Common Defenses in Toxic Tort Actions

When pursuing a toxic tort action, there are a variety of potential defenses that the defendants can raise.  The following defenses are some of the most common:


All personal injury actions including toxic tort actions require the plaintiff to establish that they suffered harm as a direct consequence of the defendant's negligent or wrongful conduct.  In law, we refer to this cause and effect connection as "causation."  A frequently asserted defense in toxic tort actions is that whatever harm the plaintiff suffered was not the result of the toxic exposure.  Often times, it is necessary to retain medical experts who review the plaintiff's medical records, or scientific experts who conduct specific chemical analysis, to establish the connection between the toxic exposure and harm. 

Statute of Limitations

Someone who suffers a toxic tort injury does not have an indefinite period of time to take legal action.  Generally, the injured party must initiate a lawsuit within two years from when they knew or should have known that they had grounds to pursue a toxic tort action.  Since the defendants in these actions often conceal or deny their misconduct, statutes of limitations can become a contentious issue when it comes to delayed discover of a toxic tort injury   But in any case, if the defendant can establish that the plaintiff did not initiate their lawsuit before the statute of limitations expired, the plaintiff's case may be dismissed.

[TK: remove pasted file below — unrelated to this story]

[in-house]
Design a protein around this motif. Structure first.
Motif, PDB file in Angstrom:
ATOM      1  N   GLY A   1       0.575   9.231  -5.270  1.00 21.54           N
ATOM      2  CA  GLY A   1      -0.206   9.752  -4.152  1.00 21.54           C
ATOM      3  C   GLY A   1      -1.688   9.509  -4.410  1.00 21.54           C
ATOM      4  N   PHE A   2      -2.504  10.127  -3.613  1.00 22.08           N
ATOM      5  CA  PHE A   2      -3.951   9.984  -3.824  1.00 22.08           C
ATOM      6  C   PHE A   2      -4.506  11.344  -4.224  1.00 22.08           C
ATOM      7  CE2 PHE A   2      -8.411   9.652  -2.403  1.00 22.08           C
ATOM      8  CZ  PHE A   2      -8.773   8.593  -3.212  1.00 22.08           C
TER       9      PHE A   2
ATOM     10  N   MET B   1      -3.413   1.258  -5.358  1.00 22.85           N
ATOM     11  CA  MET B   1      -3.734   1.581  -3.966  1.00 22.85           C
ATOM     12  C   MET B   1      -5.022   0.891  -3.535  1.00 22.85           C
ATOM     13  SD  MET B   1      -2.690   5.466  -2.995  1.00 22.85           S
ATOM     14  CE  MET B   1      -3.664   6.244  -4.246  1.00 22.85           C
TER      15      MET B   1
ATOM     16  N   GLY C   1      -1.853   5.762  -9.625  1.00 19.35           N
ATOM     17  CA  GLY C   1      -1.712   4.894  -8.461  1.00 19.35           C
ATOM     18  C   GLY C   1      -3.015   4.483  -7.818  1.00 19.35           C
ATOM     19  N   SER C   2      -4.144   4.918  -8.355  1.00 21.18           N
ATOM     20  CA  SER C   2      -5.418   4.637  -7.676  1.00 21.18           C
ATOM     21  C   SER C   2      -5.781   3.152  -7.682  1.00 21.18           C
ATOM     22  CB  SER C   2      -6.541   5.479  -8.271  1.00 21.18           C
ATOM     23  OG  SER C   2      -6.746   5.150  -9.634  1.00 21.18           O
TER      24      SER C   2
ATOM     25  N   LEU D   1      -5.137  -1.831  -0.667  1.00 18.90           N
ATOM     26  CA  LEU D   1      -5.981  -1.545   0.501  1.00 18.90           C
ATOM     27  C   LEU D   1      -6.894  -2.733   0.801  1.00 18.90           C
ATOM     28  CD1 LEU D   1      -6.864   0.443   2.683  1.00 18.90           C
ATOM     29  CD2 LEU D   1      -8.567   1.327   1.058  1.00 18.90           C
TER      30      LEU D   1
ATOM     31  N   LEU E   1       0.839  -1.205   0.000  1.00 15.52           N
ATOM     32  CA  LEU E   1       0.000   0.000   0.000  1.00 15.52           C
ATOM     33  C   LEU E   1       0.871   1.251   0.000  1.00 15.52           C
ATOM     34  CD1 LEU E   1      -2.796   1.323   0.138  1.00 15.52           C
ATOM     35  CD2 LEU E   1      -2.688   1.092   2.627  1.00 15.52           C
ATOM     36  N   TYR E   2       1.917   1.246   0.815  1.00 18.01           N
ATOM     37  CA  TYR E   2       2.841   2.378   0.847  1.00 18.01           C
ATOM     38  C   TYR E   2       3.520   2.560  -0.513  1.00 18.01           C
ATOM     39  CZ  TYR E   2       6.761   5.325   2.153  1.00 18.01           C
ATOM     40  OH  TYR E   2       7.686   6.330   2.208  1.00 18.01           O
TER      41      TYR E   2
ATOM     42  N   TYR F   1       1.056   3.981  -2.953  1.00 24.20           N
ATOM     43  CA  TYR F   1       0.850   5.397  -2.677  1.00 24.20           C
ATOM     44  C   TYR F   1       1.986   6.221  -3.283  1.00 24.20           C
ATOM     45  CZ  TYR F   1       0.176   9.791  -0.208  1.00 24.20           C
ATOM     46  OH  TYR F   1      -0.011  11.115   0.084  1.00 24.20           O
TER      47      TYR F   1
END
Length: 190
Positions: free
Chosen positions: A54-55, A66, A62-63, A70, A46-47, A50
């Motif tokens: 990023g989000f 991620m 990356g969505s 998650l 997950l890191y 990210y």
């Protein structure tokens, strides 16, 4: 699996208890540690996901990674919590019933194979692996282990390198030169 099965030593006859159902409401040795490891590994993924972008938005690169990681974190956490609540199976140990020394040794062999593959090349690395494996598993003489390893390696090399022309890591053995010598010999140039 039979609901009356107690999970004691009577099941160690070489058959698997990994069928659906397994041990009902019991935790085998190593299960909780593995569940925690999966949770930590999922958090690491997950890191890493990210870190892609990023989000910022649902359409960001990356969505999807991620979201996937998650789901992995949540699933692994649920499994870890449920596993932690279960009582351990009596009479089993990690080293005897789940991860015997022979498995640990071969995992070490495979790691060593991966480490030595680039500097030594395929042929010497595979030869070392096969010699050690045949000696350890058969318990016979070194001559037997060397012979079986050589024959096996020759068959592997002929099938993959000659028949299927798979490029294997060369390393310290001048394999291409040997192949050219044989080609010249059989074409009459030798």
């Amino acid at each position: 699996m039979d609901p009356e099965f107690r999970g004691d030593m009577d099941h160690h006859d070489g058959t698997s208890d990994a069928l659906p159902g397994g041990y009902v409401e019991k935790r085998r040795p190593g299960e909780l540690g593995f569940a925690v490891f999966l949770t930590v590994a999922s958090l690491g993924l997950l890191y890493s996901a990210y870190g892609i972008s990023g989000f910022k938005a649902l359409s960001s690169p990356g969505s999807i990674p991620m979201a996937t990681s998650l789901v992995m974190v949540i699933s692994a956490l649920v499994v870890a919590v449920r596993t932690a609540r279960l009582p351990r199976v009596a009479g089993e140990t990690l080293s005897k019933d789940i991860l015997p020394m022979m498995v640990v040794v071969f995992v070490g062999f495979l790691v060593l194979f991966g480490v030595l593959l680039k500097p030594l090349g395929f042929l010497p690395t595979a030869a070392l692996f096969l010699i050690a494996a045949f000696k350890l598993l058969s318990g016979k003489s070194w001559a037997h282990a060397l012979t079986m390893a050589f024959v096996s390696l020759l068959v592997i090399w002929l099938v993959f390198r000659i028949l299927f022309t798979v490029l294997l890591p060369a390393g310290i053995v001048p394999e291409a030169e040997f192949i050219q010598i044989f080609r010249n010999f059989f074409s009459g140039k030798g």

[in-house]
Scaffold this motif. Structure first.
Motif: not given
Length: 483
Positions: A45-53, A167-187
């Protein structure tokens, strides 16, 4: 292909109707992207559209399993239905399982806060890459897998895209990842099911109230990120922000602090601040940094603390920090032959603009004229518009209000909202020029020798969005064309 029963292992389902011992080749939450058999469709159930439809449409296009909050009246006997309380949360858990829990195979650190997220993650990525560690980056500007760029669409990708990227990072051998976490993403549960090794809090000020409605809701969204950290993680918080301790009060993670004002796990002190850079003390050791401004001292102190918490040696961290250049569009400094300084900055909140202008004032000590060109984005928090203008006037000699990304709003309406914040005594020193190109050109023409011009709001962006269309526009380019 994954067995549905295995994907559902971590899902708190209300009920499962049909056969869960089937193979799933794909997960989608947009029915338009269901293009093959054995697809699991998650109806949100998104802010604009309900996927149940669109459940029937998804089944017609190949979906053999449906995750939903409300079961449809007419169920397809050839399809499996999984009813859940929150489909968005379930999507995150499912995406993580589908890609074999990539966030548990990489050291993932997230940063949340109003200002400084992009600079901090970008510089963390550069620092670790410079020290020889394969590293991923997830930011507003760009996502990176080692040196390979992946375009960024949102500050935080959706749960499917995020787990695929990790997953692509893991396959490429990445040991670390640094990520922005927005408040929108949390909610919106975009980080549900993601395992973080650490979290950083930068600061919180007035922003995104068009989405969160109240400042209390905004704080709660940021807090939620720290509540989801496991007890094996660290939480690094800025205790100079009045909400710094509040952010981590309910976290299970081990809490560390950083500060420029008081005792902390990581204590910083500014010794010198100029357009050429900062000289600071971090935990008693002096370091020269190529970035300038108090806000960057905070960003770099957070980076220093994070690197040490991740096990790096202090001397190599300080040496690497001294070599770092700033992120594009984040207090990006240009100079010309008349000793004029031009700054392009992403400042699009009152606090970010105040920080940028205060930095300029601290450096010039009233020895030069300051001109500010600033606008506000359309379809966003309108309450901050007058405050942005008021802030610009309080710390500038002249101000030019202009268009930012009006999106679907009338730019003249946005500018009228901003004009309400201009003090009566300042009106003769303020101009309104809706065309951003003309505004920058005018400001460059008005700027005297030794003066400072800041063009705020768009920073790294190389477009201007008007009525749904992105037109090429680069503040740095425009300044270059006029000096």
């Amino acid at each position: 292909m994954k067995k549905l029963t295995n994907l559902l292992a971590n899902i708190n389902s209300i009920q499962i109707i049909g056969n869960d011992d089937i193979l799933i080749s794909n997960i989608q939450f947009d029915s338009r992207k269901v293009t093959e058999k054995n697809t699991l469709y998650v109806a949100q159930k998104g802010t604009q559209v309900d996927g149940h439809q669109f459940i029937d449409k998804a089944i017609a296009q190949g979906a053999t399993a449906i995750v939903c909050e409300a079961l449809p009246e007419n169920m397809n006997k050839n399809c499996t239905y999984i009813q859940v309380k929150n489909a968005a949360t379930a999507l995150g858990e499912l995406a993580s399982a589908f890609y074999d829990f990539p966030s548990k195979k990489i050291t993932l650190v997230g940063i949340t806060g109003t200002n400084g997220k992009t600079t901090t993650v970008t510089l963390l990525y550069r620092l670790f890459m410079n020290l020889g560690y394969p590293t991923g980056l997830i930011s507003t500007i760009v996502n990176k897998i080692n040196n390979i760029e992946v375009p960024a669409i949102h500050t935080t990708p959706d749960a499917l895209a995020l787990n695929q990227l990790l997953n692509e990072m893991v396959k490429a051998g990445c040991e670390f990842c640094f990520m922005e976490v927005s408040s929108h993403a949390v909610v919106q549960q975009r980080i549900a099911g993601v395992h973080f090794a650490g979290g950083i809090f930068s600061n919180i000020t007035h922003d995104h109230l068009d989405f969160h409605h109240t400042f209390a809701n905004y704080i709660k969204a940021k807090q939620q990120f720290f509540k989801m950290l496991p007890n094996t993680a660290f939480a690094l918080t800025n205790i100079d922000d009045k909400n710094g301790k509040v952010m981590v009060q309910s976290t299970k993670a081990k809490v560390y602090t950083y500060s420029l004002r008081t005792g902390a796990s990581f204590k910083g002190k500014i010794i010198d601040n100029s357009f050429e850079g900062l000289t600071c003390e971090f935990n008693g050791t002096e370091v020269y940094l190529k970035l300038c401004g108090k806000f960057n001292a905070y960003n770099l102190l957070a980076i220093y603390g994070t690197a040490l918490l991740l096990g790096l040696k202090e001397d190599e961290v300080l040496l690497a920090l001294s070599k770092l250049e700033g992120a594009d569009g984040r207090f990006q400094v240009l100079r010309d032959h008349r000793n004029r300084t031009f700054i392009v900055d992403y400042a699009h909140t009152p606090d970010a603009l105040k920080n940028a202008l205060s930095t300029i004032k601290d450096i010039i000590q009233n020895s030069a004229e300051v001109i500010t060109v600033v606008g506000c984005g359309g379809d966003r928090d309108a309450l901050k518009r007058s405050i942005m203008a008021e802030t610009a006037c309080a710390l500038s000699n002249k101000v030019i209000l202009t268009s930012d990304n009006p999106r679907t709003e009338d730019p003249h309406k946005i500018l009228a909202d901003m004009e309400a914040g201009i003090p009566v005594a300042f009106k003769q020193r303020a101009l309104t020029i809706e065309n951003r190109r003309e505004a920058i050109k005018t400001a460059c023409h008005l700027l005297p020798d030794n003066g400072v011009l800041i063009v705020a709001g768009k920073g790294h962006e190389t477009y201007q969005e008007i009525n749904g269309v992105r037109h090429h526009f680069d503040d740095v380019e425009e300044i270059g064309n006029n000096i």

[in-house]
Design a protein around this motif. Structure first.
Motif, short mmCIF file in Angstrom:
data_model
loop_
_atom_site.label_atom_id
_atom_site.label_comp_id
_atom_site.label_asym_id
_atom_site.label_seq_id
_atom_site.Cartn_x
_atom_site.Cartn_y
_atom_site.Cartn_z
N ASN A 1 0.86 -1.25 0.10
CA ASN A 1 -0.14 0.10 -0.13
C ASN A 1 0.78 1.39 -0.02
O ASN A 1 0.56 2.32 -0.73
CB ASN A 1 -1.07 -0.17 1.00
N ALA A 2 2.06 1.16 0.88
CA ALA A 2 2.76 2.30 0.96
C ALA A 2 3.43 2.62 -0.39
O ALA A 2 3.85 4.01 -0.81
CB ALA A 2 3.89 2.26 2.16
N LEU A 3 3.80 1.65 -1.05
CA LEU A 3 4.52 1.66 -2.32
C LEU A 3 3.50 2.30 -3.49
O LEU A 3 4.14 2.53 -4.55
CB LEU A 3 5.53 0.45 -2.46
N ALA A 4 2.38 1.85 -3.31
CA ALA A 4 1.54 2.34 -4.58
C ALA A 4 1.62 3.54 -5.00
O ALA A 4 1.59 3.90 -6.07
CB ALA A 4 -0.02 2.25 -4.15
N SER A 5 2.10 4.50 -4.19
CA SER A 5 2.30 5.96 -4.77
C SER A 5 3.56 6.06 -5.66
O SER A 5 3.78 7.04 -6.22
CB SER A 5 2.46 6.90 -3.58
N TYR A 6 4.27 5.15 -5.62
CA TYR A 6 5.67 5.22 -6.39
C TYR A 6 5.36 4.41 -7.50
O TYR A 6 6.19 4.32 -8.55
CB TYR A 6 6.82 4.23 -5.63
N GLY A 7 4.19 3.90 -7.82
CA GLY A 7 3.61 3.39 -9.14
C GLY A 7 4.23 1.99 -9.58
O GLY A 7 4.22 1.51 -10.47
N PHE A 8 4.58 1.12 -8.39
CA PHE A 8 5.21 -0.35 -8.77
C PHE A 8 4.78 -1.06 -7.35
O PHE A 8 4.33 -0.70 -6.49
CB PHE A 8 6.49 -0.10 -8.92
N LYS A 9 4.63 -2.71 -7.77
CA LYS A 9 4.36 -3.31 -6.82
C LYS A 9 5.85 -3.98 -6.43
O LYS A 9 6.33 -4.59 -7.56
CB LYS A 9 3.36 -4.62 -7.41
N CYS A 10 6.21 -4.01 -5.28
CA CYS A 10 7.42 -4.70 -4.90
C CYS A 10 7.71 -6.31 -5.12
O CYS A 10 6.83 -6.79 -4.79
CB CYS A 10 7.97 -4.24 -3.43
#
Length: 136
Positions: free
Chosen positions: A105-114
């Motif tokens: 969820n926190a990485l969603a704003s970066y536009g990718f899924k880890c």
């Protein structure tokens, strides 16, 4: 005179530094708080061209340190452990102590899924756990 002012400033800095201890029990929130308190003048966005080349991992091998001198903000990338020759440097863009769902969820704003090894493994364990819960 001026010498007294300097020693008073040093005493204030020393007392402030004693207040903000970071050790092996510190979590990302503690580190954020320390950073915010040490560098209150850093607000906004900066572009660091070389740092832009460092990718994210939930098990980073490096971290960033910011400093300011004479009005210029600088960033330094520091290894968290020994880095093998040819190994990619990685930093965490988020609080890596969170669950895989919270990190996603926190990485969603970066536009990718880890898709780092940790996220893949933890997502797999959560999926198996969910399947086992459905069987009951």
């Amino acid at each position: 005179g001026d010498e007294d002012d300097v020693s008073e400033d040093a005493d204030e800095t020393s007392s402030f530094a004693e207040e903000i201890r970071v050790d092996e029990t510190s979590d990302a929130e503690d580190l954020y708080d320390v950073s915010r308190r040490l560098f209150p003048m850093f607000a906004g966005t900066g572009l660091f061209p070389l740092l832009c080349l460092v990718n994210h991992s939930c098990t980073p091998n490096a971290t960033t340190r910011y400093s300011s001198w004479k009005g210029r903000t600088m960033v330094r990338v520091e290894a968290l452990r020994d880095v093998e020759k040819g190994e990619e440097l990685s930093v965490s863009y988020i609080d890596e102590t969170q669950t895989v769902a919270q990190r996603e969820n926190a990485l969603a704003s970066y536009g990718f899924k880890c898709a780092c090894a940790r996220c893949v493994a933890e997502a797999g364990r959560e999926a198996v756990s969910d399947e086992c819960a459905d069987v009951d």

How Does a Toxic Tort Lawyer Get Paid?

Phillips & Associates handle all toxic tort litigation on a pure contingency fee basis, so cost is never a barrier to quality representation.  Our firm also advances all costs incurred in the course of litigation.  We offer free and immediate consultations to prospective toxic tort clients.  Contact us today for an evaluation of your case.

How Long Will My Toxic Tort Case Take to Resolve?

Due to the complex nature of toxic tort actions and the fact that the courts sometimes limit trials in actions where there are large groups of similarly situated plaintiffs, toxic tort actions can sometimes take longer to resolve than other types of personal injury cases.  At Phillips & Associates, we pursue aggressive litigation strategies that often enable us to leverage favorable settlements earlier on in the case.  However, we are also prepared to go to trial in any case where the defendant refuses to fairly compensate our clients for their injuries.  All of this is to say that on the short end, a toxic tort case can resolve in as little as a few months, or as long as several years.  We are dedicated and unwavering in our commitment to justice for toxic tort victims and their families.


  • Personal Injury

  • Car Accidents

  • Cycling Accidents

  • Bus Accidents

  • Slip-and-Falls

  • Dog Bites

  • Brain Injury

  • Wrongful Death

  • Toxic Torts

  • Product Defects

  • Medical Device Defects

  • Medical Malpractice

  • Food Poisoning

  • Sexual Harassment

  • Wrongful Termination